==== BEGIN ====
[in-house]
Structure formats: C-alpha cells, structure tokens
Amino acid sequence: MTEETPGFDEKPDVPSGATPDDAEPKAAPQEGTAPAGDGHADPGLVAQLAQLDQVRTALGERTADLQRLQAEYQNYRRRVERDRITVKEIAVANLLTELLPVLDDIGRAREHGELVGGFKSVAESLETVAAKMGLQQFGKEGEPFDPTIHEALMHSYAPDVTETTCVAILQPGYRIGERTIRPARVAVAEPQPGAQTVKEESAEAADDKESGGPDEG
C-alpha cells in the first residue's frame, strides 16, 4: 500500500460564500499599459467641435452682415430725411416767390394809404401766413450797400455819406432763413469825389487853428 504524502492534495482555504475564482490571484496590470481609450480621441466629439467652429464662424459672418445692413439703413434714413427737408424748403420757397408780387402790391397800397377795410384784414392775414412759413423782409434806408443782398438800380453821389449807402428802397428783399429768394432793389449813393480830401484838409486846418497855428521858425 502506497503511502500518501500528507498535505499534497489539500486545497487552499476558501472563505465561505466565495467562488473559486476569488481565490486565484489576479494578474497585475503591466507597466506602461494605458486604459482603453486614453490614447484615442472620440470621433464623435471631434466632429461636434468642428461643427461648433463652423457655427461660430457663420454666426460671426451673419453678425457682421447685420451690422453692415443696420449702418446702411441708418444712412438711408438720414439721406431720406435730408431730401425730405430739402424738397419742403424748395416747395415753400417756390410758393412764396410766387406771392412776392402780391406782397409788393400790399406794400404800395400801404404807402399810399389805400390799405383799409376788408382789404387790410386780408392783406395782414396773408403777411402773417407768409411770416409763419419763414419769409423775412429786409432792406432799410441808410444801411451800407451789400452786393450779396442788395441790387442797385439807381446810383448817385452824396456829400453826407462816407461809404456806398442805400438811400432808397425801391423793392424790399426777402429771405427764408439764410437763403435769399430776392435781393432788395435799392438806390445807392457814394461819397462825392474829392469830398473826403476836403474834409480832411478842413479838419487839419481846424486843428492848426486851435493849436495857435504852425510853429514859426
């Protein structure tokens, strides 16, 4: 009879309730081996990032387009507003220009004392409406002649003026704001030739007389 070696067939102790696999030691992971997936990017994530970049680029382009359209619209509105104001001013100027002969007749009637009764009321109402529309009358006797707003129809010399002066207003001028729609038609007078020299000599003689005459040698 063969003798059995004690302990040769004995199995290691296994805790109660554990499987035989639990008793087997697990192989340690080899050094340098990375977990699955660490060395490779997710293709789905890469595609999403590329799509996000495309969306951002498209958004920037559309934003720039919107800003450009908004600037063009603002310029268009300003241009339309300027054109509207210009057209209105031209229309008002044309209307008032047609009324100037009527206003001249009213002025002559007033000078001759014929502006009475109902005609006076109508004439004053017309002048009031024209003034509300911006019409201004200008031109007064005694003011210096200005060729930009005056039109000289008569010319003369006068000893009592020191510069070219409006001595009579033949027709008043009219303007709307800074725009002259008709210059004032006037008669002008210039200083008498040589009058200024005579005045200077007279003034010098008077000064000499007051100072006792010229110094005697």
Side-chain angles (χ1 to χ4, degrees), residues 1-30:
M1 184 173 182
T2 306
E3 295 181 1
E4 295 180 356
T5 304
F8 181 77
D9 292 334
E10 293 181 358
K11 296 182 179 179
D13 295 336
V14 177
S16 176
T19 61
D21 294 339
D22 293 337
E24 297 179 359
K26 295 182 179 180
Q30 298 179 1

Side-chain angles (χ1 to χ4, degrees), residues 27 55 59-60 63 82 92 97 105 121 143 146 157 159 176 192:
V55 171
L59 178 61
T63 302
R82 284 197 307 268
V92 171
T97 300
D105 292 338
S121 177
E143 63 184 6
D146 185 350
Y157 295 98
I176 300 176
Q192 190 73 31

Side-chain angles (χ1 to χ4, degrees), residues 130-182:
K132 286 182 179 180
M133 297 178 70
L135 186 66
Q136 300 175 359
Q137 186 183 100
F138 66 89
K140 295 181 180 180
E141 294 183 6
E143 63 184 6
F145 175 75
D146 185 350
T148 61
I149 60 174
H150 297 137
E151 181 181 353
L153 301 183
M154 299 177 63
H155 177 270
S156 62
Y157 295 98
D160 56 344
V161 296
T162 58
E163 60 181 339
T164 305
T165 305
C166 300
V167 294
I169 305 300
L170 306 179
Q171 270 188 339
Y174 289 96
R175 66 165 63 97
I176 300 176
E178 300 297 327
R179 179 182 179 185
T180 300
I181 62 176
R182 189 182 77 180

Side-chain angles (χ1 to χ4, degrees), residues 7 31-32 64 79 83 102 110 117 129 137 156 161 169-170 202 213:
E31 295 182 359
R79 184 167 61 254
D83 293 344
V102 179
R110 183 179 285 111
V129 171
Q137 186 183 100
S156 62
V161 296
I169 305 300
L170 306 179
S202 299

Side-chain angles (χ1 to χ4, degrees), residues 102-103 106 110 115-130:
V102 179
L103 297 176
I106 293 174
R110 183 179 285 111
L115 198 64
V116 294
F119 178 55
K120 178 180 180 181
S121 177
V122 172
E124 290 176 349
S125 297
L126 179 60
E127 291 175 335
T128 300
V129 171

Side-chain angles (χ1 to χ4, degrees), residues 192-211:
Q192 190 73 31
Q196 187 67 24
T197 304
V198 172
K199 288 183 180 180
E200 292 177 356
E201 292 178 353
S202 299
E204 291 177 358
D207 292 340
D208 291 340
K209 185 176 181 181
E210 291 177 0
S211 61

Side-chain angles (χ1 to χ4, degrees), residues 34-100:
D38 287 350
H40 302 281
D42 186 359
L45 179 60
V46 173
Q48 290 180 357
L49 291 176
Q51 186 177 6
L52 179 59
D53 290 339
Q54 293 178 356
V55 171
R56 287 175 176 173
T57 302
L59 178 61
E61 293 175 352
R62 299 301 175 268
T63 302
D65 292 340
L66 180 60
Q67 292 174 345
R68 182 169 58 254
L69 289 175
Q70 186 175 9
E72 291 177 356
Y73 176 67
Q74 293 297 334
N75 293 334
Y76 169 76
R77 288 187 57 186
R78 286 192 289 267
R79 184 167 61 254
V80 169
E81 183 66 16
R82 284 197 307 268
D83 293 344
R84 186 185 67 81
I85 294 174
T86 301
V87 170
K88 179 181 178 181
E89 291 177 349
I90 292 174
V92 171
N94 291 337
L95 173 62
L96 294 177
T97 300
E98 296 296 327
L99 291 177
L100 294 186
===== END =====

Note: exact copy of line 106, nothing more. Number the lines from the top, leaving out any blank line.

E127 291 175 335